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5 steps to BUSTING the fear of BOREDOM


Summer is around the corner and your kids (and mine) are about to say this three-word phrase multiple times daily.

Don’t be afraid. And DON’T feel like your child’s BOREDOM is YOUR responsibility to solve.

It’s NOT!!

AAAAAaaaand Nope. I’m not going to give you the top 10 boredom busters for your kids this summer.

I’m not going to make a calendar of things you can do.

I’m not going to link you to events going on around town.

I’m not going to offer to sell you one of my books or songs that promises to help you avoid boredom.

Because guess what??!!! BOREDOM ISN’T A PROBLEM.

Boredom isn’t bad.

It isn’t to be avoided.

Boredom is an OPPORTUNITY! Let’s EMBRACE BOREDOM this summer!

Yay! Three cheers for boredom! Hip hip, hooray!! Hip hip, hooray!! Hip hip, hooray!!

In fact, what if instead of AVOIDING boredom, we helped our kids walk purposefully RIGHT INTO boredom so that they can begin to think with a part of their brain that creates, questions, wonders and investigates. . . AND ENTERTAINS ITSELF??!

It’s TOTALLY 100% true that Netflix, Youtube, video games and Disney Plus keep our kids out of our hair AND keeps their behavior … you know.. sort of comatose. VERY manageable. And there is a time for all things. But entertainment doesn’t enable creativity and increase quality of life. It just passes time without anyone getting poked with scissors or yelling or needing anything. WHICH IS VALUABLE. But not the best long term solution.

So choose your moments. The kids will adjust to your expectations if you are consistent.

Here are 5 BOREDOM BUSTING STEPS that guide me and my kids through summers, evening and weekends so that we live life rather than just WATCH it go by.

1. SCREENS. SET SUPER CLEAR limits around screens. I’m not saying no screens. JUST clear limits so when it’s over, it’s over. Their brains NEED to know when screens, the path of least resistance, is NO LONGER AN OPTION. (Um. And model it too. If I’m on Instagram and Facebook off and on all day… the kids will pick up on that. We gotta BE the change we want to see in the world:)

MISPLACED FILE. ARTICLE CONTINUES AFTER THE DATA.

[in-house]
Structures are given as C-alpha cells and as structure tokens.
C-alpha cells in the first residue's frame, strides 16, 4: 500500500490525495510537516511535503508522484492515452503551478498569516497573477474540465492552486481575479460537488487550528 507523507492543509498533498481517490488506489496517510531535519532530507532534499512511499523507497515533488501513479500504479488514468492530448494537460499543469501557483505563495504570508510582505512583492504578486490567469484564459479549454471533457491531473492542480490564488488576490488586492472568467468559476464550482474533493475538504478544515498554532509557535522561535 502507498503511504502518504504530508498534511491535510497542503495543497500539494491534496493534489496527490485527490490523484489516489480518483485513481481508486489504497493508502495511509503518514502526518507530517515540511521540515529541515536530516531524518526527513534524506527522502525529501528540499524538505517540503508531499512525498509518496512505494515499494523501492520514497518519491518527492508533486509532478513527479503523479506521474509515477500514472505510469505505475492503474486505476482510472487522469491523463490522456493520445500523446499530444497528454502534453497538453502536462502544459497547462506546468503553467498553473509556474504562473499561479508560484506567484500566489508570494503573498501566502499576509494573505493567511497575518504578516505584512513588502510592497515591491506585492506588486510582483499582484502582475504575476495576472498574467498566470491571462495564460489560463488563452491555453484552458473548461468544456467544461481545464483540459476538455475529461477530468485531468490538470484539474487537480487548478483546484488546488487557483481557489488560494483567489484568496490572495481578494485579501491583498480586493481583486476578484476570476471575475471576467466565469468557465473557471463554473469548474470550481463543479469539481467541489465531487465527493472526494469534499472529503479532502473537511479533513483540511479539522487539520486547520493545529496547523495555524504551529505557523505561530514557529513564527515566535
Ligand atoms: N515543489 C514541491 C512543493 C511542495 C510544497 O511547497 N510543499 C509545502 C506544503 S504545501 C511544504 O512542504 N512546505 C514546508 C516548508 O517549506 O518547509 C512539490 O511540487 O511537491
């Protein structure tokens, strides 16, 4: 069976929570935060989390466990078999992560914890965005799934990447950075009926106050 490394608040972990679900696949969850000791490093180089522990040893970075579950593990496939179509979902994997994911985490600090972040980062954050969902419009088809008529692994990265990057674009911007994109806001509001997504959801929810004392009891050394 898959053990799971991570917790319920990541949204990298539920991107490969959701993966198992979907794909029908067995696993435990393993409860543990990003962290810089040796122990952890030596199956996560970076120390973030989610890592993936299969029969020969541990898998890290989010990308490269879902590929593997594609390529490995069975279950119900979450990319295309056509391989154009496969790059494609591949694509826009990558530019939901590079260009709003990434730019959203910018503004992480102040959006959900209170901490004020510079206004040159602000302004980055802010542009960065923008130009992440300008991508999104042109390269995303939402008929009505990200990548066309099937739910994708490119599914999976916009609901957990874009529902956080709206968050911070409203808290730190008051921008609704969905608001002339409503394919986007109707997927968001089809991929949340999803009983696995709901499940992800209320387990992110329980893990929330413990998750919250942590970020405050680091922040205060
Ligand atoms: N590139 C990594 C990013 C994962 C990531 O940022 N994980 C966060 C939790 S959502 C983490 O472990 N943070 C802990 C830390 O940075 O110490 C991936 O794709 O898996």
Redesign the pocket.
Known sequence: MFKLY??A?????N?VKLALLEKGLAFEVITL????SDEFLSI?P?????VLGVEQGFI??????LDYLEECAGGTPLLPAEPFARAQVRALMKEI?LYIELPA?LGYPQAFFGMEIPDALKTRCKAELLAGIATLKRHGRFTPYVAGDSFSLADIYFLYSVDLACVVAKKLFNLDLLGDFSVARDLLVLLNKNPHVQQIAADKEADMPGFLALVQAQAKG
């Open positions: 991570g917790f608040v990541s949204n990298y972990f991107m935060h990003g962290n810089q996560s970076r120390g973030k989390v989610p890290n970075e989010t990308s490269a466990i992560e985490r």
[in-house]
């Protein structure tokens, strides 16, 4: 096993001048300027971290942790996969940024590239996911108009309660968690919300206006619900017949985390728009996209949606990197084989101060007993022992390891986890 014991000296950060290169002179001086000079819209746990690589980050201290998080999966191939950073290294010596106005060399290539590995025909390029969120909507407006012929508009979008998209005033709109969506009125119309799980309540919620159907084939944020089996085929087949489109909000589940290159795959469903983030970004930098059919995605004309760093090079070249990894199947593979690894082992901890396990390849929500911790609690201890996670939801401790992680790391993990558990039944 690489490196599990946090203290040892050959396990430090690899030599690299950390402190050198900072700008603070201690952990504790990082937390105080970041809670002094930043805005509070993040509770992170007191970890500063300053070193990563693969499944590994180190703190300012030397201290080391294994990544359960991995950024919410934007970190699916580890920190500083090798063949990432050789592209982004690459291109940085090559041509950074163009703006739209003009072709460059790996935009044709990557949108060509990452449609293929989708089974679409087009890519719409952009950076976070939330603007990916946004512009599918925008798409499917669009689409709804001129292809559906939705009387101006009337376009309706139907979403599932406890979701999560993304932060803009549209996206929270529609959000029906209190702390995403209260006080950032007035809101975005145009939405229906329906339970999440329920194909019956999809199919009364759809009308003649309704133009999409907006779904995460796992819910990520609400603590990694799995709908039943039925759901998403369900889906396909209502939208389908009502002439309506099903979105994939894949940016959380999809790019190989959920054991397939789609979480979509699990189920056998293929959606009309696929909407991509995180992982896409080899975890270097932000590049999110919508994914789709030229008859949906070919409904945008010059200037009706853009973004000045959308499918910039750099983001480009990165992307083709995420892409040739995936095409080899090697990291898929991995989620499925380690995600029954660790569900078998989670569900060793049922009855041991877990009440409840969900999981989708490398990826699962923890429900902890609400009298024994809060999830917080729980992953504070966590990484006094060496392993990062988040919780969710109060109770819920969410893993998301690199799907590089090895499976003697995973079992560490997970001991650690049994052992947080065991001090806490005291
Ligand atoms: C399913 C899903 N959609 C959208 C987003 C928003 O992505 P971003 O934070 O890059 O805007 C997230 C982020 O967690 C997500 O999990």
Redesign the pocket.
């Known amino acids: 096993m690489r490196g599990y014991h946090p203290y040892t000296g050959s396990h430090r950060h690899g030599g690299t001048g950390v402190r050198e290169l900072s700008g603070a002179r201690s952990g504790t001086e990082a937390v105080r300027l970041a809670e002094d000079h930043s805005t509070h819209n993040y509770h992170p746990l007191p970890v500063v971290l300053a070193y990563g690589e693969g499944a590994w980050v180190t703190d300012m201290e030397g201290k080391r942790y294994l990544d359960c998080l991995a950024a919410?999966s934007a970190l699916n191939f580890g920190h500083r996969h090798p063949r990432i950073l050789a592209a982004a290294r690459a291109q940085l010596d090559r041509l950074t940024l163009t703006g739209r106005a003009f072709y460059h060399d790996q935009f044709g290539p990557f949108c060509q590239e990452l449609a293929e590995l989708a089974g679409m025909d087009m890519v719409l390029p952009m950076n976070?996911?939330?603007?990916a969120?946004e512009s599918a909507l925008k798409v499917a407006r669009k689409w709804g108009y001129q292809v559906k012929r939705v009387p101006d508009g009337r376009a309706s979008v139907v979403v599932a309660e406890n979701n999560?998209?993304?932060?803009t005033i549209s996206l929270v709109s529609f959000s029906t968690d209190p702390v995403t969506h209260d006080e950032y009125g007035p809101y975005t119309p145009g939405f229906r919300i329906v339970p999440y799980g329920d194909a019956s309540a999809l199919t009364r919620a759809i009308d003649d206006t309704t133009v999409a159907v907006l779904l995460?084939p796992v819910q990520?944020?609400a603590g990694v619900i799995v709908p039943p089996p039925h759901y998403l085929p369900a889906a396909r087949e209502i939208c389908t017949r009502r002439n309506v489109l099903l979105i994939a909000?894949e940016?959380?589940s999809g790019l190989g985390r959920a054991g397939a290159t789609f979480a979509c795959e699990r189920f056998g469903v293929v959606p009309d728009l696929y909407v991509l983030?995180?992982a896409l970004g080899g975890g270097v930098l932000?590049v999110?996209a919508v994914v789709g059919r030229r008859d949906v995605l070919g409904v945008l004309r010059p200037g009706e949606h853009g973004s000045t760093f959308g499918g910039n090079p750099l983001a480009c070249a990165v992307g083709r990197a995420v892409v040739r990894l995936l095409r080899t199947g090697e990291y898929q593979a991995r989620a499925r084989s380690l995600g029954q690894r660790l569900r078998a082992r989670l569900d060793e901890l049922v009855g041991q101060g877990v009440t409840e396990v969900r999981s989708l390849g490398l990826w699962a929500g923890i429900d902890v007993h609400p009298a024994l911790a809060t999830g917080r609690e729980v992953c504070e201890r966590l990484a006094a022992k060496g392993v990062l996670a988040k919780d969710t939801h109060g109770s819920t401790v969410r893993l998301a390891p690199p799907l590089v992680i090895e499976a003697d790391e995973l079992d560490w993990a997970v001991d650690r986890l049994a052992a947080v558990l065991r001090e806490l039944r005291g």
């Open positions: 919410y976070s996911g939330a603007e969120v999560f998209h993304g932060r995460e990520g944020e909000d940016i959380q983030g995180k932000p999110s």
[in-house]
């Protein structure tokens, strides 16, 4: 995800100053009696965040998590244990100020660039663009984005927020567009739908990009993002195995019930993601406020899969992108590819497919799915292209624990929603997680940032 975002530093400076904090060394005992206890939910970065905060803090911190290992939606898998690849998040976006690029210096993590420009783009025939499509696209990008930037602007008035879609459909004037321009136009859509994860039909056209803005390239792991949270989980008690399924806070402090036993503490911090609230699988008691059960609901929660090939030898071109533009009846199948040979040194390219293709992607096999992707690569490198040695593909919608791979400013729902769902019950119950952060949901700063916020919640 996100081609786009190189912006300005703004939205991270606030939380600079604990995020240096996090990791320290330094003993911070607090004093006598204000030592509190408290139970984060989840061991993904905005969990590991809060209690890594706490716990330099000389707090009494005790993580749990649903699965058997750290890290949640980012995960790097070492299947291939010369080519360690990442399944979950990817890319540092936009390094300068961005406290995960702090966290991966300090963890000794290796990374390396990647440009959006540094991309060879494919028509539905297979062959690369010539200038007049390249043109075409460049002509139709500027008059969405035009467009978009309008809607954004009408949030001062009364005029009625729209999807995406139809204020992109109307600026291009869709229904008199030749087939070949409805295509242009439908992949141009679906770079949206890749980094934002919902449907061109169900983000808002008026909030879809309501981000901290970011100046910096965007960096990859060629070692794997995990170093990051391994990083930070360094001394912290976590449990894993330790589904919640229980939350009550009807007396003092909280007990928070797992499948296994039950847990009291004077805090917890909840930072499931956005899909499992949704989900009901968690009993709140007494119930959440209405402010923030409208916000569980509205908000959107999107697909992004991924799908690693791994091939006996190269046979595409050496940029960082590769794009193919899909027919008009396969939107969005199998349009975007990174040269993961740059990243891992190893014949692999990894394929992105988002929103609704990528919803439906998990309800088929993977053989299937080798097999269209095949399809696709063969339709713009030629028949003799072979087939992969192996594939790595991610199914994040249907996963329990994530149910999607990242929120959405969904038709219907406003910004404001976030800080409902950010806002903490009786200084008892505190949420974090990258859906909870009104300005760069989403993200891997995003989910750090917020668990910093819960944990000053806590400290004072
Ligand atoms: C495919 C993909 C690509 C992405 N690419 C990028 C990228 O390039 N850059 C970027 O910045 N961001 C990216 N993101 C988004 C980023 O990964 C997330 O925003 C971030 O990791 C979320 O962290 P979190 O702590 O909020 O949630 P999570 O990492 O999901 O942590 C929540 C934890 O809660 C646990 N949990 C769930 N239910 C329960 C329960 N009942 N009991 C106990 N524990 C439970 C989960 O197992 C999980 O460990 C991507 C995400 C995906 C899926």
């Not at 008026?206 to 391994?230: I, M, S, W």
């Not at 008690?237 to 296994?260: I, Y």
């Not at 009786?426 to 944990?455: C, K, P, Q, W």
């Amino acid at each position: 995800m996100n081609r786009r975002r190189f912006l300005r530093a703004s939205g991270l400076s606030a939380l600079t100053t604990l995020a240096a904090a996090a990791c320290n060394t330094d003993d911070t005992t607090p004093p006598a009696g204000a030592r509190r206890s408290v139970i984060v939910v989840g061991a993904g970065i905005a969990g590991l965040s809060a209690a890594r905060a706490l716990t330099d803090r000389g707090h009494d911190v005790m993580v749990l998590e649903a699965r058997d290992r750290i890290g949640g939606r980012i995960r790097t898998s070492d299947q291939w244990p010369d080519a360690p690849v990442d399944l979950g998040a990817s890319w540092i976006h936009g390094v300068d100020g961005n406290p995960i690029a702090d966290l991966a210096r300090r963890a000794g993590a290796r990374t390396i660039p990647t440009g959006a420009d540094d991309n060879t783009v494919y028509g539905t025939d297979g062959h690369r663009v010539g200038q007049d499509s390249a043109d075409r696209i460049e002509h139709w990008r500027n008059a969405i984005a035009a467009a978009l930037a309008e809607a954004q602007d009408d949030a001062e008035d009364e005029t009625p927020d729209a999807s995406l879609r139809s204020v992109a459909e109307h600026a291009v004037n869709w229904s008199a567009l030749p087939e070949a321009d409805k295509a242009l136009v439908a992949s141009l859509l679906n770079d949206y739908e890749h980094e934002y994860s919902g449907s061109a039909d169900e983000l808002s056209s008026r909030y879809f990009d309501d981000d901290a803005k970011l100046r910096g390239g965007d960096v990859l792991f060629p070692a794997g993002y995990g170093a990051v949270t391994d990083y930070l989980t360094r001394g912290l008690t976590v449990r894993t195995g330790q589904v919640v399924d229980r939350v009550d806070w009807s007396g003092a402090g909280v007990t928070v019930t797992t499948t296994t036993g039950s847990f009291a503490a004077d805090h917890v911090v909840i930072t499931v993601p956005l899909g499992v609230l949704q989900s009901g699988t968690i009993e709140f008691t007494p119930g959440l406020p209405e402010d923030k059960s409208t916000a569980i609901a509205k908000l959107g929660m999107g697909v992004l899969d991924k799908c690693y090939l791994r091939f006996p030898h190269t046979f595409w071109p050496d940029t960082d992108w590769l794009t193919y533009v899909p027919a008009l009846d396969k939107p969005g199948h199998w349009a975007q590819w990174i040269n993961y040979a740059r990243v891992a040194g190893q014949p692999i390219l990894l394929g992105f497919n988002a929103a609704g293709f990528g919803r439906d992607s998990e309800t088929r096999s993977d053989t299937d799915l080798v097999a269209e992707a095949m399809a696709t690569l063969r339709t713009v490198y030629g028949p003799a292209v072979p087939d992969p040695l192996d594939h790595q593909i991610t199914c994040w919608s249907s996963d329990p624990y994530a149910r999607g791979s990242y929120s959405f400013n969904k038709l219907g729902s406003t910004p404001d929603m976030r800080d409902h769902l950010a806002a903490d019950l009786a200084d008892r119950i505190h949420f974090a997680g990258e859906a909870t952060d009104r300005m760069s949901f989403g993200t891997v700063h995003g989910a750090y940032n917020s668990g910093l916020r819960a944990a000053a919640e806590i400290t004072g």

2. A “LOVE IT” LIST. Have THEM write of list of things THEY love to do and hang it up in their room on a bulletin board or near a calendar. Somewhere that they’ll see it. They can’t get mad when you tell them to do something they love!!!

3. CRAFT SUPPLIES. ALL sorts of RANDOM arts & crafts supplies. Pens. Paper. Paints. Coloring books. Construction paper. Glue. Stickers. Feathers. Crayons. Poster paper. Lego. Play dough. Broken jewelry. Stamps. Paper bags. Not so much kits or projects with instructions. RANDOM supplies. If they aren’t showing interest, bring it out every once in a while and start picking through it. You’ll attract kids for sure!

4. LIBRARY BOOKS. All kinds. Comic. Graphic Novels. Kids books. Joke books. Picture books. National Geographic. Request them online and then pick them up when they’re in. Put them in a basket in a common area. No need to push or demand reading - the books will sell themselves as long as there is a great variety AND you’ve got books according to your kids interests.

5. 15 MINUTES. Be ready to wait out some whining for 15 minutes. When you hear the words “MOM, I’M BORED” . . . set your internal timer for 15 minutes. Get ready to be kind and firm and re-direct them towards their list and let them know you have confidence that they will figure something out. Phrases like, “hmmmm… I wonder what you will do?” Or “you are so good at figuring this out” - something that shows THEIR BOREDOM doesn’t stress you out. You can even be silly with it: “OOOoohhh boredom. This is exciting. Something wonderful is around the corner! I can feel it!”


BECAUSE boredom isn’t bad.

It’s an important part of brain development and creativity - AND - good news, your child’s boredom is NOT YOUR JOB TO SOLVE. You are simply a facilitator.

Sometimes I will say (as my mom said), “You have15 minutes to find something to do for yourself, OR I’LL GIVE YOU SOMETHING TO DO!” And it’s usually laundry or something. But it’s always said … as a kind threat. I DON’T actually want them to be doing my housework. But some kids need it as a motivator. And 15 minutes later, that kid is ALWAYS busy doing something that the kid LIKES to do. HAPPY HAPPY. WIN WIN.

So when it comes to screens and events, YOU know what you need. But don’t be afraid when your kids say, “MOM, I’M BORED” set your clock for 15 minutes and be firm. Gently redirect. Be curious. And sure, schedule fun events and things you’re going to do, but let the kids have time at home where THEY have to figure it out.

It’s a skill. YOU AND the KIDS will get better at it as you ALL get more practice.

BEFRIEND the great BOREDOM... and watch your summer ... and the rest of your life, transform.

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